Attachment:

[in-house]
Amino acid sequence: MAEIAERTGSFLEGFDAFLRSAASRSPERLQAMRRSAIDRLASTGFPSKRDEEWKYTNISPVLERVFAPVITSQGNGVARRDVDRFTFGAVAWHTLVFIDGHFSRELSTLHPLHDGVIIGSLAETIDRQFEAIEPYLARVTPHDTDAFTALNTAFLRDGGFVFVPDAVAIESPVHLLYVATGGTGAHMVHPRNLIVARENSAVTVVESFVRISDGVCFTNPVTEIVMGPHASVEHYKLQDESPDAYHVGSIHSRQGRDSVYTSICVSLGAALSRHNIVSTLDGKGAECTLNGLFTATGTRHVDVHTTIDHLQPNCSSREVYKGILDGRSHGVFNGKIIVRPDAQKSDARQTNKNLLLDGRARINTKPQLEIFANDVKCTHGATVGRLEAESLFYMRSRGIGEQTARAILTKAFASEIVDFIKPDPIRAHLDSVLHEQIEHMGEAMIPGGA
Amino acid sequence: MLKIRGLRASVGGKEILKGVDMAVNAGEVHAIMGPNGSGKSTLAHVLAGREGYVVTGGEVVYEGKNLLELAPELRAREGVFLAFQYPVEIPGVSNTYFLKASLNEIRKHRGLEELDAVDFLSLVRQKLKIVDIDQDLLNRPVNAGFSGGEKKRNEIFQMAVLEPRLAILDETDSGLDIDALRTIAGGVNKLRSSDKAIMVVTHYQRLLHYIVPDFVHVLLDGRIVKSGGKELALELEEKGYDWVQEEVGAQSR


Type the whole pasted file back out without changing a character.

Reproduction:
[in-house]
Amino acid sequence: MAEIAERTGSFLEGFDAFLRSAASRSPERLQAMRRSAIDRLASTGFPSKRDEEWKYTNISPVLERVFAPVITSQGNGVARRDVDRFTFGAVAWHTLVFIDGHFSRELSTLHPLHDGVIIGSLAETIDRQFEAIEPYLARVTPHDTDAFTALNTAFLRDGGFVFVPDAVAIESPVHLLYVATGGTGAHMVHPRNLIVARENSAVTVVESFVRISDGVCFTNPVTEIVMGPHASVEHYKLQDESPDAYHVGSIHSRQGRDSVYTSICVSLGAALSRHNIVSTLDGKGAECTLNGLFTATGTRHVDVHTTIDHLQPNCSSREVYKGILDGRSHGVFNGKIIVRPDAQKSDARQTNKNLLLDGRARINTKPQLEIFANDVKCTHGATVGRLEAESLFYMRSRGIGEQTARAILTKAFASEIVDFIKPDPIRAHLDSVLHEQIEHMGEAMIPGGA
Amino acid sequence: MLKIRGLRASVGGKEILKGVDMAVNAGEVHAIMGPNGSGKSTLAHVLAGREGYVVTGGEVVYEGKNLLELAPELRAREGVFLAFQYPVEIPGVSNTYFLKASLNEIRKHRGLEELDAVDFLSLVRQKLKIVDIDQDLLNRPVNAGFSGGEKKRNEIFQMAVLEPRLAILDETDSGLDIDALRTIAGGVNKLRSSDKAIMVVTHYQRLLHYIVPDFVHVLLDGRIVKSGGKELALELEEKGYDWVQEEVGAQSR